As a singer in the Covid era, it's hard to accept that something I love so dearly could be deadly


On the last weekend before Sydney went into lockdown in March, I was in the City Recital Hall performing Handel’s Messiah. The half empty hall gave thunderous applause and a standing ovation. It was a cathartic climax to a stressful weekend, clouded by the worsening Covid-19 news and impending restrictions.

The talk in the green room was grim. Many musicians were facing the prospect of months of cancelled concerts, no events and closed schools. Many are freelancers, uncertain of their incomes at the best of times even when things are good.

“Can’t they just tell the people who have higher risks to stay home instead of closing everything,” one bemused voice asked. The tone was worried, though it came across as irritated. It was a leaky argument that could be dismissed in less than five seconds.

Most of classical music’s audience are older, in the higher-risk category. And directives were directives. Rehearsals for choirs of all sizes, shapes and forms stopped. Then came worse news. Stories were shared of how a choir in the Netherlands succumbed to coronavirus apparently after performing in a concert, and how a rehearsal in Skagit Valley, Washington, was linked to a fatal outbreak. And these news reports would be the foundation of most of the decisions that guided the public health advice and the choral community in the next few months.

Choir singing has been touted as something that can improve health and wellbeing. It is so because choirs foster closeness between members. For many, including myself, choir members are like family.

Yet in the early days of the pandemic, the choral community was divided along the lines of those who wanted to take the risk and keep singing, and those who didn’t. There was no satisfying mid-point. At a personal level, it’s really hard to accept that something which I, and many people love doing, may be deadly.

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In the weeks to follow, many choirs perfected the (limited) art of Zoom rehearsals, and many virtual choir projects took off – most notably Eric Whitacre’s sing gently. But there’s no replacement for the feeling you can get in a room full of singers. It’s like swapping a baby for a Tamagotchi. And the pandemic marches on.

The most frustrating part of this story is that we have to rely on mostly anecdotal evidence to assess the risk of coming together to sing. Even the experts seem divided on how big a role aerosol spread plays in an ensemble setting, whether casual socialising was the cause of transmission in cases where it has happened, and if there are ways to manage or minimise it.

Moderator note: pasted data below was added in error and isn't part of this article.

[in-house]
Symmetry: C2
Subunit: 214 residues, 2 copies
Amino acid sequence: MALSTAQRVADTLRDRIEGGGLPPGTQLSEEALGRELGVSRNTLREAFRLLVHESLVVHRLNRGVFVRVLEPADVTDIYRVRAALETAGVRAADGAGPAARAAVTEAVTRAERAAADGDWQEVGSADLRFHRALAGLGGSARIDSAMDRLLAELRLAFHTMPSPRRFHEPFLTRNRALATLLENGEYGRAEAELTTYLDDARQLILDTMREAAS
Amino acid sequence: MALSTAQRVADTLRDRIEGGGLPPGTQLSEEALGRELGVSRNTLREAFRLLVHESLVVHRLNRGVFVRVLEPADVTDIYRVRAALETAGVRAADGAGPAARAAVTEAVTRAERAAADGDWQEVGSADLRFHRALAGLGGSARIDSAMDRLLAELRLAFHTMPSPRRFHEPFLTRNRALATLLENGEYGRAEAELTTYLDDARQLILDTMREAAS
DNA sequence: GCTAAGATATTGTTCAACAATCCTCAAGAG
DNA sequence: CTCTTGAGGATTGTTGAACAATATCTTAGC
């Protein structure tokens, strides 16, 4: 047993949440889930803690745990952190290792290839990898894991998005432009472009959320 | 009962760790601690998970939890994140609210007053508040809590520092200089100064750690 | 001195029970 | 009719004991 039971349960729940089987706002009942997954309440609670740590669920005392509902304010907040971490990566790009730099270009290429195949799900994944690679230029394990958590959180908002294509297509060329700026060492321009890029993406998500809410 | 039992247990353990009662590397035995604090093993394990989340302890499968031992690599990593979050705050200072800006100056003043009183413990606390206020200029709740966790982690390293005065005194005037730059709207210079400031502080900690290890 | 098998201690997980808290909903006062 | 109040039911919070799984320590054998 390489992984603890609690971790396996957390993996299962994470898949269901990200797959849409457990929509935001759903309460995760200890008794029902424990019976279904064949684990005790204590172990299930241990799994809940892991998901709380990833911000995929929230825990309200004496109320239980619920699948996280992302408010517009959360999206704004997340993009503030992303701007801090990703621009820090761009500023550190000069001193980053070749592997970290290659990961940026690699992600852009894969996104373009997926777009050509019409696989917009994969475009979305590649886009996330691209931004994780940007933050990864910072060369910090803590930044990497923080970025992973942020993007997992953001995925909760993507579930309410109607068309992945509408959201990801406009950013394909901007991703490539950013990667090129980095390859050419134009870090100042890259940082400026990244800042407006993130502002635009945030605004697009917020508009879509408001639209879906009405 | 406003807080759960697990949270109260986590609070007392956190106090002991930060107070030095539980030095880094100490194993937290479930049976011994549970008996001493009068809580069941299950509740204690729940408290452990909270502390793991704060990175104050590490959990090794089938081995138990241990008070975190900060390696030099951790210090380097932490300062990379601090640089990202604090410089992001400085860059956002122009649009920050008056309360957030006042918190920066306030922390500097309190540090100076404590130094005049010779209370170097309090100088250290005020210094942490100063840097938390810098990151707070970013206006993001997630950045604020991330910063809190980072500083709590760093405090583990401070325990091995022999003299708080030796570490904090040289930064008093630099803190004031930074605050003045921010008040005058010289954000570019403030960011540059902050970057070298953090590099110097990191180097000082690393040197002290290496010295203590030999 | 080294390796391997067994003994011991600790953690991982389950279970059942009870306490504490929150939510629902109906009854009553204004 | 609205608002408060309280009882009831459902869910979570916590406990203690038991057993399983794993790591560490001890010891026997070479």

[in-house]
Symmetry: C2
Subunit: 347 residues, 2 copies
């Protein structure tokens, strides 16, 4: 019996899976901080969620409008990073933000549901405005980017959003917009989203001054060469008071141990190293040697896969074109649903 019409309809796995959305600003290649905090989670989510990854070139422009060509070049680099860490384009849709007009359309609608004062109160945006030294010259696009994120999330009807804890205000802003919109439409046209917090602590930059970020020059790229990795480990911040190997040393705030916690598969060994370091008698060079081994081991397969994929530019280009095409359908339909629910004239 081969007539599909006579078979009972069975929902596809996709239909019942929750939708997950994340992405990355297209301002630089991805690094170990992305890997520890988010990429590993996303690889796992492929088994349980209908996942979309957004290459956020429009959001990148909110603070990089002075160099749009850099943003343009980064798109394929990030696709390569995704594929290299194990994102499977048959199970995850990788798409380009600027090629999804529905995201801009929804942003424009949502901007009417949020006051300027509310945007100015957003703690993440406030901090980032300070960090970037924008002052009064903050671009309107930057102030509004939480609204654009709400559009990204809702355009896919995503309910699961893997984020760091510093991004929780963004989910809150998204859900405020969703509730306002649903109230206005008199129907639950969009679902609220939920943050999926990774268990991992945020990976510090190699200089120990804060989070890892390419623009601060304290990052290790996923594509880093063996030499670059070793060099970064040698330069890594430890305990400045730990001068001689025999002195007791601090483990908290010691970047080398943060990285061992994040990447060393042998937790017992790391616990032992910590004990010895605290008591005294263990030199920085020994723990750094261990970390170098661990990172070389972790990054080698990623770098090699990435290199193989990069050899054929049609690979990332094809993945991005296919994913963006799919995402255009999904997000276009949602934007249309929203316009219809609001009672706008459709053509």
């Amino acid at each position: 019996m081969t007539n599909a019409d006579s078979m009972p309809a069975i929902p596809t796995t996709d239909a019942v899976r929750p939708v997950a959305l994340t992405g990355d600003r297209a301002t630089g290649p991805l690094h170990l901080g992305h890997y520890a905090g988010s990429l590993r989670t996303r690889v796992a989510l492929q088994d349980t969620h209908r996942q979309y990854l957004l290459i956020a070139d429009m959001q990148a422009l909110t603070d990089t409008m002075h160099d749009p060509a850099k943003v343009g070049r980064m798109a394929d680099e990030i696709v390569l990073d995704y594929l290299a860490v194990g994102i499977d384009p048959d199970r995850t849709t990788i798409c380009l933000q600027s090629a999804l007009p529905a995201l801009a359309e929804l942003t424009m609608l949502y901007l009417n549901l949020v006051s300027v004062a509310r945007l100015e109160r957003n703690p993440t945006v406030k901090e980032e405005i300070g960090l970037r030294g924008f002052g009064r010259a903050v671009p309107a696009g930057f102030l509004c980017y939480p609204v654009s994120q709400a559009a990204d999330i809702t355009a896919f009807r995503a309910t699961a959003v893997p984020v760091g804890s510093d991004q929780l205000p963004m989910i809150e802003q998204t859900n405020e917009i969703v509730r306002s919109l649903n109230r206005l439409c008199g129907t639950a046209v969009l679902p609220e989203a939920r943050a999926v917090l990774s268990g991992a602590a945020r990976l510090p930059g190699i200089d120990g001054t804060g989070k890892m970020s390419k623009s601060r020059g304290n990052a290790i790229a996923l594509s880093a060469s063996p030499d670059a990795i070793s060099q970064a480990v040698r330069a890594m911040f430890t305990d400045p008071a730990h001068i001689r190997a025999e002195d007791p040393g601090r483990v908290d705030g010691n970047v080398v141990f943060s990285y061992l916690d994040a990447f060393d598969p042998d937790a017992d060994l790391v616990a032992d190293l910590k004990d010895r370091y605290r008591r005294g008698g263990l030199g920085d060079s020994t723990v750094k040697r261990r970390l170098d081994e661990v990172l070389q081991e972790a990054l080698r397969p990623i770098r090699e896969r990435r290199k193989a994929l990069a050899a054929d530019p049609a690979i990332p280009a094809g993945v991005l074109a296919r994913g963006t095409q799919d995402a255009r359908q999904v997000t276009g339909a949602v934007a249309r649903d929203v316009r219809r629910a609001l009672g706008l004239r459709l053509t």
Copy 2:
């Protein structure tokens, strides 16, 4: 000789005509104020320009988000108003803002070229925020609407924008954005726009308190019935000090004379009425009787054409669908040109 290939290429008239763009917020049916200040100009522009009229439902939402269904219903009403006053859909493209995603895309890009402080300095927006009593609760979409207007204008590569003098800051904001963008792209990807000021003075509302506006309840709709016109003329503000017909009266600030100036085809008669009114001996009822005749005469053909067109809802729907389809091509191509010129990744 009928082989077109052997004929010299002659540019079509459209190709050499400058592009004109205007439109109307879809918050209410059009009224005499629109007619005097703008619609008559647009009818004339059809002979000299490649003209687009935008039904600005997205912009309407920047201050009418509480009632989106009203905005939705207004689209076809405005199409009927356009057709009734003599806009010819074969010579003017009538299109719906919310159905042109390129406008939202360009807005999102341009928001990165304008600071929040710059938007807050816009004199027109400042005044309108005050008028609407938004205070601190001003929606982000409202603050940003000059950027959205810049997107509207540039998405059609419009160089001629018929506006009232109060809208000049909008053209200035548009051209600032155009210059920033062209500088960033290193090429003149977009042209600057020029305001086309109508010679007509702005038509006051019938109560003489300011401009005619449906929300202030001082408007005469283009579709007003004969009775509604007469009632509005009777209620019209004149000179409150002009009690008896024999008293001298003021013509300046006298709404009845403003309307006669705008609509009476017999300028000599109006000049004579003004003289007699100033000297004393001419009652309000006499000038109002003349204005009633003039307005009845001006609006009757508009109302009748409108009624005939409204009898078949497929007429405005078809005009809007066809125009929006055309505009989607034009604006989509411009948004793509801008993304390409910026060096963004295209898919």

In late May, Australia’s choral community came together to discuss the future of singing in the Covid-19 era. It was spearheaded by Gondwana Choirs in a webinar that brought health and choral experts together through a panel discussion. It became clear that there was very little reliable research to answer the questions from teachers, conductors, players and singers whose lives and livelihoods have been affected by not coming together in this pandemic.

A follow up webinar concluded that with the right conditions – such as no community transmission, strict hygiene regime and social distancing – Australia was well-placed to resume choral activities. But a response from the New South Wales Department of Health around the same time wasn’t as optimistic.

The response cited a 1968 study on the role of singing in spreading tuberculosis through droplets. The advice also highlighted the challenges of working with the unknowns: safe singing may require larger spaces than practically possible and just how far apart singers need to be separated is currently unknown.

In recent days, the choral community has been tangibly excited by the prospect of Declan Costello’s study to find out the role of aerosol in spreading Covid-19 in ensemble settings. The National Federation of State High Schools Association, in collaboration with the University of Colorado, Boulder, has also released preliminary recommendations and observations from their study in progress.

Many more scientific studies need to be done to establish how safe, or how dangerous singing together is – though the findings, so far, haven’t been heartening. Meanwhile, we continue to live with the virus’s uncertainties.

Since those hopeful weeks, Melbourne has slid back to lockdown and Sydney is now on high alert – and with it, the prospect of resuming choral activities safely has disappeared. As I was working on this piece, I received a phone call cancelling another choral project which had been planned for weeks.

It feels like the roller-coaster won’t stop until a vaccine is found. And the effects can be felt fully in the everyday aspect of the choral sector – the shaping of projects, venue bookings and preparations, rehearsal scheduling, last-minute changes and an endless wait of “when we”. The sad fact is: singing is not worth dying for.



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